Hospital Report Cards Have No Impact on Surgery Outcomes
If you’re an older person having a major operation these days, it is very likely that your hospital is receiving a “report card” on their performance. These reports are designed to prompt hospitals to improve in areas where they perform poorly. Unfortunately, those “report cards” do not seem to be making things better for patients. That is the finding of a study published in February 2015 in JAMA by a team from the University of Michigan. According to a release from the university, the research turned up no differences in surgical safety among 263 hospitals taking part in a major national quality effort, and 526 similar hospitals that weren’t involved. The study analyzed data from 1,226,000 seniors enrolled in Medicare who had one of 11 major operations at those hospitals over a decade.
The release explains that the initiative, called the American College of Surgeons National Surgical Quality Improvement Program or ACS-NSQIP, has been run since the early 2000s. Trained nurses at participating hospitals record data about every operation carefully, and send it to a secure central database. The ACS crunches the data from all ACS-NSQIP hospitals and shares quality reports, allowing hospitals and doctors see how their overall performance stacks up against others. Yet this quality reporting alone is not enough to accelerate the pace of improvement in surgical safety nor cost savings.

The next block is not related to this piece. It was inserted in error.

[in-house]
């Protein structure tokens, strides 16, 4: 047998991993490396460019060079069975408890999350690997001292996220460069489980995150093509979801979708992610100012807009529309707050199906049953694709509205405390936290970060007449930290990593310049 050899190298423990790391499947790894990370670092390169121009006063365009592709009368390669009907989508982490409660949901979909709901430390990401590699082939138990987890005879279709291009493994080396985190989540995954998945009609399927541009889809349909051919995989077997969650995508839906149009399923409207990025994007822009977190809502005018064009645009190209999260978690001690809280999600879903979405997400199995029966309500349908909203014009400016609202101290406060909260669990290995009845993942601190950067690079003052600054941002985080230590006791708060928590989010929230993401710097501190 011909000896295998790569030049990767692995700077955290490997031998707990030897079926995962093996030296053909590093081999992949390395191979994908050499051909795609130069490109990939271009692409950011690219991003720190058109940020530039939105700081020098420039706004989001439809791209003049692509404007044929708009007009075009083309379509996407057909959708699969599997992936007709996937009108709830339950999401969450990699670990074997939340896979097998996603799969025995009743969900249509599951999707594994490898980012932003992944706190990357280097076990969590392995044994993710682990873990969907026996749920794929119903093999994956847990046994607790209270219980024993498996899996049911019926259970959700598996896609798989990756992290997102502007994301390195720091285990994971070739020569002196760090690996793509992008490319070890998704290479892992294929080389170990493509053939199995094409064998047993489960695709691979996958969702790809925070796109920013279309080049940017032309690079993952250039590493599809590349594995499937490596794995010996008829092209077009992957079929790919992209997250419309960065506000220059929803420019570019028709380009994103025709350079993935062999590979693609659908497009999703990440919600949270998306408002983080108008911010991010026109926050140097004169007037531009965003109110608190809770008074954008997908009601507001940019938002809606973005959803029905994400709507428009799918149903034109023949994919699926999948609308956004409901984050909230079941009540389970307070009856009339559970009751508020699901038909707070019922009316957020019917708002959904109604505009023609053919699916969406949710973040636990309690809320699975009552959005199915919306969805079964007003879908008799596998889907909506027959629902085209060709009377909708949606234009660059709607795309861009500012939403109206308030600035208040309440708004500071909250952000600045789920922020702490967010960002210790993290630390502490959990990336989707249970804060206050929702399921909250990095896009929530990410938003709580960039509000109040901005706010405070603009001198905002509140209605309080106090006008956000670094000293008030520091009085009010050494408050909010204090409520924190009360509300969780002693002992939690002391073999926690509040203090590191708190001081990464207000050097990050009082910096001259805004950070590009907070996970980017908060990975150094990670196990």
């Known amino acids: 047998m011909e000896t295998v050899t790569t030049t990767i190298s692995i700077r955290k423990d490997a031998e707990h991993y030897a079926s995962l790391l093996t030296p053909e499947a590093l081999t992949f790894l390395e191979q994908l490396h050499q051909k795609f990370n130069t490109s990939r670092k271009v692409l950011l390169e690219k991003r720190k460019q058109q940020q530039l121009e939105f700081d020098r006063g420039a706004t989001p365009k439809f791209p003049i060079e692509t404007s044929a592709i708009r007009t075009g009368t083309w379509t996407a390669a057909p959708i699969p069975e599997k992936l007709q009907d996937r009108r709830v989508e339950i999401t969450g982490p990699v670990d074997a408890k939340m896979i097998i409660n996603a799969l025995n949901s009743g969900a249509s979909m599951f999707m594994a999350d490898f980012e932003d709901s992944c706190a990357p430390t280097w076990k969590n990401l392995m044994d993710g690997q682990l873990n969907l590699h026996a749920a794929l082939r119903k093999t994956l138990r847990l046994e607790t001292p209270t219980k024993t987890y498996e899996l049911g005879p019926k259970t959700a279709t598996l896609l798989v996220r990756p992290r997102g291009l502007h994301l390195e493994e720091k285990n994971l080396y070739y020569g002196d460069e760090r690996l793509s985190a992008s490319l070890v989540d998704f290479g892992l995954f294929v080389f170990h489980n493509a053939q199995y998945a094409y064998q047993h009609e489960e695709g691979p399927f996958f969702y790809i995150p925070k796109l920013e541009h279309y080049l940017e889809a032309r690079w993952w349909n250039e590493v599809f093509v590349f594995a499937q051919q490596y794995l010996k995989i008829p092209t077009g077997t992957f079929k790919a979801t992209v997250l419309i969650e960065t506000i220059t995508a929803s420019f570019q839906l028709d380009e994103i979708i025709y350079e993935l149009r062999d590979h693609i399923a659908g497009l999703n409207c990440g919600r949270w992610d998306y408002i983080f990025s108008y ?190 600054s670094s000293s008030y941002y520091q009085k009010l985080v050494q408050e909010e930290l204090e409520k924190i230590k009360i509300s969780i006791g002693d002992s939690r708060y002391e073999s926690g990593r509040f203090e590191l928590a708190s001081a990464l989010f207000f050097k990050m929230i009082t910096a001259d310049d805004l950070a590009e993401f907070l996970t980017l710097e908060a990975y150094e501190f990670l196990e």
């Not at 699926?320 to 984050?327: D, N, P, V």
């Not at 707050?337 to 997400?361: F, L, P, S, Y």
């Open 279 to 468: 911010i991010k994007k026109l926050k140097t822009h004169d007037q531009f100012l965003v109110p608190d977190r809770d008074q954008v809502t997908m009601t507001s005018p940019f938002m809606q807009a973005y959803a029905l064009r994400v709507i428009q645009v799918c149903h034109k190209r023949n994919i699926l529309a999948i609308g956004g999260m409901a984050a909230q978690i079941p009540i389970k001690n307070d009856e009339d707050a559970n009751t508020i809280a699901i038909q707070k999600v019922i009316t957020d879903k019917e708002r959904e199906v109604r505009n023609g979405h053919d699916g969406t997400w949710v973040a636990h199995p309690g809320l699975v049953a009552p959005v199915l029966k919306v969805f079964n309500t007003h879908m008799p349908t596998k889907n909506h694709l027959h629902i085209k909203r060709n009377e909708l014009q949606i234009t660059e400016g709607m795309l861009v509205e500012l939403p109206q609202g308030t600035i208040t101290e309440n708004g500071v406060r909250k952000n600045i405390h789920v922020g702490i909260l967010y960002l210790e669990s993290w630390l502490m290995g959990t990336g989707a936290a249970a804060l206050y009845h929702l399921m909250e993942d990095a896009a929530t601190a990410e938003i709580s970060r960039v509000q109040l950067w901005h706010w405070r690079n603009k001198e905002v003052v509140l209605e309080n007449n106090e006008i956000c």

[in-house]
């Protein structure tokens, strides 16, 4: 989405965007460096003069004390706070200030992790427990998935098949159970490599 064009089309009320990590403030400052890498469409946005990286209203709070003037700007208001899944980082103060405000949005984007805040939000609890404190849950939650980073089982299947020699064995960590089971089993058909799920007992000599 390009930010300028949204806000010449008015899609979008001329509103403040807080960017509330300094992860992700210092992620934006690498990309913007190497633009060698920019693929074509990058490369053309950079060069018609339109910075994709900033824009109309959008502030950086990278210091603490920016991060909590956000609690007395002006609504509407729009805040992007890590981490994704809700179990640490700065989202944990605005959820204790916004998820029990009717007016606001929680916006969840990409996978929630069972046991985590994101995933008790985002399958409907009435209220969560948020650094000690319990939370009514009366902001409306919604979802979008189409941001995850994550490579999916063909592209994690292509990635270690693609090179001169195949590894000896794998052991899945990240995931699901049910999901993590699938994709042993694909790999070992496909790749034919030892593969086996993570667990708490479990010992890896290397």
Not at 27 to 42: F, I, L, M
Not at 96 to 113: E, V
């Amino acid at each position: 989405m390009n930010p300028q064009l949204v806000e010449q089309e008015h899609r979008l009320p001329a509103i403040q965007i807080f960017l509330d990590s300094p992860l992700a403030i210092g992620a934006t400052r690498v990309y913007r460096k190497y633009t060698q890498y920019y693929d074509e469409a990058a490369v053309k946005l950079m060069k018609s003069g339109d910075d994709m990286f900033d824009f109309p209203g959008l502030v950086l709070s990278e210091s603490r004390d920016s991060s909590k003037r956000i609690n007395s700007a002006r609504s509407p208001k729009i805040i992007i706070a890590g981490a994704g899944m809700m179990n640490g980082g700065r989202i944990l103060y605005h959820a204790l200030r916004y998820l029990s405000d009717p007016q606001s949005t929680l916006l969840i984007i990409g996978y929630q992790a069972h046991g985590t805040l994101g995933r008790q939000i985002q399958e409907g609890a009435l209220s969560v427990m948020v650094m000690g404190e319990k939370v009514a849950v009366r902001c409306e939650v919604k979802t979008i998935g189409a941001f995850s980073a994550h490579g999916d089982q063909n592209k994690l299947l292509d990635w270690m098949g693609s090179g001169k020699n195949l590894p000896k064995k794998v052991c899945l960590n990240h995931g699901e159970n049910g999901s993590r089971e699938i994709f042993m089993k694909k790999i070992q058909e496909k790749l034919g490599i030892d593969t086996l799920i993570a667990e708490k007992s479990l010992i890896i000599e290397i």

Even so, the authors says those results don’t mean such efforts should stop or aren’t worthwhile. Still, the study does point to the need for better efforts to ensure hospitals put the ACS-NSQIP data to good use and work with other hospitals in their region to develop and share “best practices” that lead to improvements across hospitals. The ACS, and other large health care quality organizations such as the Michigan Surgical Quality Collaborative have recently begun to emphasize the importance of collaboration.
The release quotes lead author Nicholas Osborne, M.D., M.S., a vascular surgeon at the U-M Health System’s Frankel Cardiovascular Center, as saying, “Although ACS-NSQIP hospitals are improving over time, so are other non-participating hospitals. Our study suggests that the ACS-NSQIP is a good start, but that reporting data back to hospitals is not enough. The ‘drilling down’ that is needed to improve quality using these reports is better suited for regional collaboratives.”
Osborne notes that the analysis is the first to use a control group of hospitals to study the impact of ACS-NSQIP participation and that the team matched each ACS-NSQIP hospital with not one but two control hospitals. Patients treated at the two types of hospitals were generally similar, though ACS-NSQIP hospitals were larger, did more operations, and were more likely to be nonprofits or teaching hospitals.